Prompt medical attention is considered key to improving the odds of surviving and to preventing disabilities from a stroke. However, nearly half of U.S. residents can't get to a primary stroke center within an hour, according to another study slated for presentation at the meeting.
Researchers from the University of California, San Diego, School of Medicine and the University of Pennsylvania noted that using more air ambulances could increase that to nearly 80 percent, however.
A third study to be presented at the conference found that, contrary to conventional wisdom, blacks are more likely than whites to survive an ischemic stroke, which occurs when a clot blocks a blood vessel in the brain. This is the most common type of stroke.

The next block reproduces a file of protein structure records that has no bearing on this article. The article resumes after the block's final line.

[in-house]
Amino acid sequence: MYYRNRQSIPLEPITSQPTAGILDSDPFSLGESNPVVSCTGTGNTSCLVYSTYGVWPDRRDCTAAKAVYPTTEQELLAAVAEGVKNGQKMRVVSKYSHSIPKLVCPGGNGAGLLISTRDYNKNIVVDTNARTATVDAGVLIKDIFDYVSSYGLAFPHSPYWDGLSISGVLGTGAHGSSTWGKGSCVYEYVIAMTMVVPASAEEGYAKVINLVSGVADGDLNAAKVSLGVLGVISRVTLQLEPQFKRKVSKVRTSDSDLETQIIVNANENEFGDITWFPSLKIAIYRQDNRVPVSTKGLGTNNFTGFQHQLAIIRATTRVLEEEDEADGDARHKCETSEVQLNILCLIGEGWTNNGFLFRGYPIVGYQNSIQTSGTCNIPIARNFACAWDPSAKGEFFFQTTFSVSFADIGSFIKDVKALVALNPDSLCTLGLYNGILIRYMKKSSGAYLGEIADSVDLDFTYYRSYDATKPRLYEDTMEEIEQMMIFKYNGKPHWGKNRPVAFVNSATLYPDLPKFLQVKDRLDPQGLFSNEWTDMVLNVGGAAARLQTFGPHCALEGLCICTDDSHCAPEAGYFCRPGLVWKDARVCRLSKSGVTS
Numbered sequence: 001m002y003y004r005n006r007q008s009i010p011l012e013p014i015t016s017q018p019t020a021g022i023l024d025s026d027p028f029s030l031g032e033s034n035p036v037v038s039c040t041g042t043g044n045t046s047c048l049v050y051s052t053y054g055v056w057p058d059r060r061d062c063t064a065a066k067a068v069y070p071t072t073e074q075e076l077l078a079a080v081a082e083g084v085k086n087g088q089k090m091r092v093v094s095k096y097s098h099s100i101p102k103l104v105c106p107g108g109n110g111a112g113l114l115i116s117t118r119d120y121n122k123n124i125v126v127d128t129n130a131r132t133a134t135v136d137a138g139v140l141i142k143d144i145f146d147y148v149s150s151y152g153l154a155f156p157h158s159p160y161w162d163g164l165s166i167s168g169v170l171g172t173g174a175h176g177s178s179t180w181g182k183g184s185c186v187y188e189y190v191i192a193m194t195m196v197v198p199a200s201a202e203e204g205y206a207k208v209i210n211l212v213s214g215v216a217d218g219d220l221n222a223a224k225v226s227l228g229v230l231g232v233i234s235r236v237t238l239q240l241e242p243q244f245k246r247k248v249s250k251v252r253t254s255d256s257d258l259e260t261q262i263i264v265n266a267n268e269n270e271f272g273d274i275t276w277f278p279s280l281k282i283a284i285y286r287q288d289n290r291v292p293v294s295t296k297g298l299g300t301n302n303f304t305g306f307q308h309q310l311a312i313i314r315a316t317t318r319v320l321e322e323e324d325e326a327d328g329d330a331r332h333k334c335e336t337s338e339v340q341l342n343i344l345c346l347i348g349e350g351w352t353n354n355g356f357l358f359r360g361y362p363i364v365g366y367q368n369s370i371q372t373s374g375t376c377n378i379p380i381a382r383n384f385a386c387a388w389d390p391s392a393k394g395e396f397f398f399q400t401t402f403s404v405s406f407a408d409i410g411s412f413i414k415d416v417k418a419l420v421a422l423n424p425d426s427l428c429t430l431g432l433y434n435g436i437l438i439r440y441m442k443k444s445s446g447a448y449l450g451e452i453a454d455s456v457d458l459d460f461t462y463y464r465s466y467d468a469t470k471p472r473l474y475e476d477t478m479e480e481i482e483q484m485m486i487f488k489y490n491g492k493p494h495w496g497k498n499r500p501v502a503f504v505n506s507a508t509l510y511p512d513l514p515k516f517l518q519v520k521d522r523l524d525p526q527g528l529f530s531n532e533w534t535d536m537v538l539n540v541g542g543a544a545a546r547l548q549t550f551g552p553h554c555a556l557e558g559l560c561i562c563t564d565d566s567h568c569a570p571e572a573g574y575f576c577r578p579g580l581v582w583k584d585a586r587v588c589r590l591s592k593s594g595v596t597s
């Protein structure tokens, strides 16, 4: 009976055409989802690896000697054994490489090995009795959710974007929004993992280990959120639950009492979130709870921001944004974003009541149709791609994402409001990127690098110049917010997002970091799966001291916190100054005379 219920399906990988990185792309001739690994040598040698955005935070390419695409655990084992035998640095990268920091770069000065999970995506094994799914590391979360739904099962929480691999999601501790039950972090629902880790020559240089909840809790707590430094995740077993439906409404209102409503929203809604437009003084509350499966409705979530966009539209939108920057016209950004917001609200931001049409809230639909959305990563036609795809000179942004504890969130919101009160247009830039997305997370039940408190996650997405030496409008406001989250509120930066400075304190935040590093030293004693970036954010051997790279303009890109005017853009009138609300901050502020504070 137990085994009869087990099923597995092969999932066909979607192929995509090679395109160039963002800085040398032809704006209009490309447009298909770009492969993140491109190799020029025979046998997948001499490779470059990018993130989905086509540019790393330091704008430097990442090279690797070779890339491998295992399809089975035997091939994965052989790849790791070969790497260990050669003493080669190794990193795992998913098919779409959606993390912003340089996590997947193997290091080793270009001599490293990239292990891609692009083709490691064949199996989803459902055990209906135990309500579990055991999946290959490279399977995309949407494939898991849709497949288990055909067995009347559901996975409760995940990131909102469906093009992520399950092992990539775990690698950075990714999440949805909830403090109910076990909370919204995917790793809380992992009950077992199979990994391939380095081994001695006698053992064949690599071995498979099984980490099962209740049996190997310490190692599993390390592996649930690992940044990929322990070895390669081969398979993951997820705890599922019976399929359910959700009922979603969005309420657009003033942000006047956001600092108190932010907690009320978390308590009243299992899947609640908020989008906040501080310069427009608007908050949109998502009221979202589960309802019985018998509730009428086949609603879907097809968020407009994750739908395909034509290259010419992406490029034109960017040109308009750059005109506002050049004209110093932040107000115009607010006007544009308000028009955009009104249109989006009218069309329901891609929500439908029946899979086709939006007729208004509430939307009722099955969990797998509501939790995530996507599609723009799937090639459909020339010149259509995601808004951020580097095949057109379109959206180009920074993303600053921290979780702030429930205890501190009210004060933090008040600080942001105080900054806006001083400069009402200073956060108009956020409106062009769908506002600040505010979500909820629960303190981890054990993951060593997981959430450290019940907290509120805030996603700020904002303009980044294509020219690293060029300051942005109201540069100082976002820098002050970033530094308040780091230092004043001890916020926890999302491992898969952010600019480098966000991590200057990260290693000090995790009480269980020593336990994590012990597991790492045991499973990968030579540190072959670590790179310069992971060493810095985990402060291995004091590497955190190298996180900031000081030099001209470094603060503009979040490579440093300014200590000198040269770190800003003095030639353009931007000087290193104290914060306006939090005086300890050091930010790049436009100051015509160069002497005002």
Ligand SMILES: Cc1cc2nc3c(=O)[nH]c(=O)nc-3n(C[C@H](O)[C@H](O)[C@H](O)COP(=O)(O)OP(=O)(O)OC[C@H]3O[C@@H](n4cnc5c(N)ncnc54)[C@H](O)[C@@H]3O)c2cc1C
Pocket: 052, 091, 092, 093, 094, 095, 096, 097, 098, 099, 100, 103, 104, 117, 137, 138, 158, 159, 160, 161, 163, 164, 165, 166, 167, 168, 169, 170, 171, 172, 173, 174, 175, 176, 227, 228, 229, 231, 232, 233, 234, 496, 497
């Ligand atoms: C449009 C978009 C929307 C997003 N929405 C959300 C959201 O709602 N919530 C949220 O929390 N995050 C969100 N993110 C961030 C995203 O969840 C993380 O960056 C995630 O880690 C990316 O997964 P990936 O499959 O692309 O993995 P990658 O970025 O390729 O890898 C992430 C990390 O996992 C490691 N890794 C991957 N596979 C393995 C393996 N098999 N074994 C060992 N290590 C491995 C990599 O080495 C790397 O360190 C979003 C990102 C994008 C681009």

The study, involving 3,583 people age 65 and older who had a stroke, found that blacks were less likely to die within a year after a stroke than were whites. The researchers, from the University of Rochester Medical Center, noted that blacks were more likely to receive such lifesaving interventions as hemodialysis, used for those with kidney disease, and intravenous or tube feeding, used for those with post-stroke swallowing problems.
The American Stroke Association has more on stroke.
SOURCES: Brett Kissela, M.D., associate professor and vice chairman, education and clinical services, University of Cincinnati Neuroscience Institute, Cincinnati; Brian Silver, M.D., stroke neurologist, Henry Ford Hospital, Detroit; Feb. 24, 2010, presentations, American Stroke Association, International Stroke Conference, San Antonio
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